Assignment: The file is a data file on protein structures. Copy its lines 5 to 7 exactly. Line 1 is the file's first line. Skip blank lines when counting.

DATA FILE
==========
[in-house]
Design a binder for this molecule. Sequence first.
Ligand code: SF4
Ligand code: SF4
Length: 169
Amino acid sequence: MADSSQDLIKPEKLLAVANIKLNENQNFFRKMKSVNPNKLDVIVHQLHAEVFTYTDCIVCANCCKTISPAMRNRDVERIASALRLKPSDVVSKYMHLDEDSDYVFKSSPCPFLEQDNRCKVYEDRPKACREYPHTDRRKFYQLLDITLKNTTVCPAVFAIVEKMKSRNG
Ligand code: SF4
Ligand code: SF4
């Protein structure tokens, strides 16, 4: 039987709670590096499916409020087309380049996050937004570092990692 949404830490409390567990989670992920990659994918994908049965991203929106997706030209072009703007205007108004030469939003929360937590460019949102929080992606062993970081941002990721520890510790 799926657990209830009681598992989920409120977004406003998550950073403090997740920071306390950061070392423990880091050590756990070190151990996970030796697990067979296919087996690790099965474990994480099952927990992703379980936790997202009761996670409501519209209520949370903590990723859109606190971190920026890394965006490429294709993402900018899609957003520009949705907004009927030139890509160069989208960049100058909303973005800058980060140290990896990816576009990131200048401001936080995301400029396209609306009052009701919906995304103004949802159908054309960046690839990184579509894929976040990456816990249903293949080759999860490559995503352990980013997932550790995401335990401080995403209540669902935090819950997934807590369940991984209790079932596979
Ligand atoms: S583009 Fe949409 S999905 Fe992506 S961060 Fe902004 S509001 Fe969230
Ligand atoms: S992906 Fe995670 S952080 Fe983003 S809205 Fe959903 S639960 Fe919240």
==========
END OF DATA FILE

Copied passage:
Length: 169
Amino acid sequence: MADSSQDLIKPEKLLAVANIKLNENQNFFRKMKSVNPNKLDVIVHQLHAEVFTYTDCIVCANCCKTISPAMRNRDVERIASALRLKPSDVVSKYMHLDEDSDYVFKSSPCPFLEQDNRCKVYEDRPKACREYPHTDRRKFYQLLDITLKNTTVCPAVFAIVEKMKSRNG
Ligand code: SF4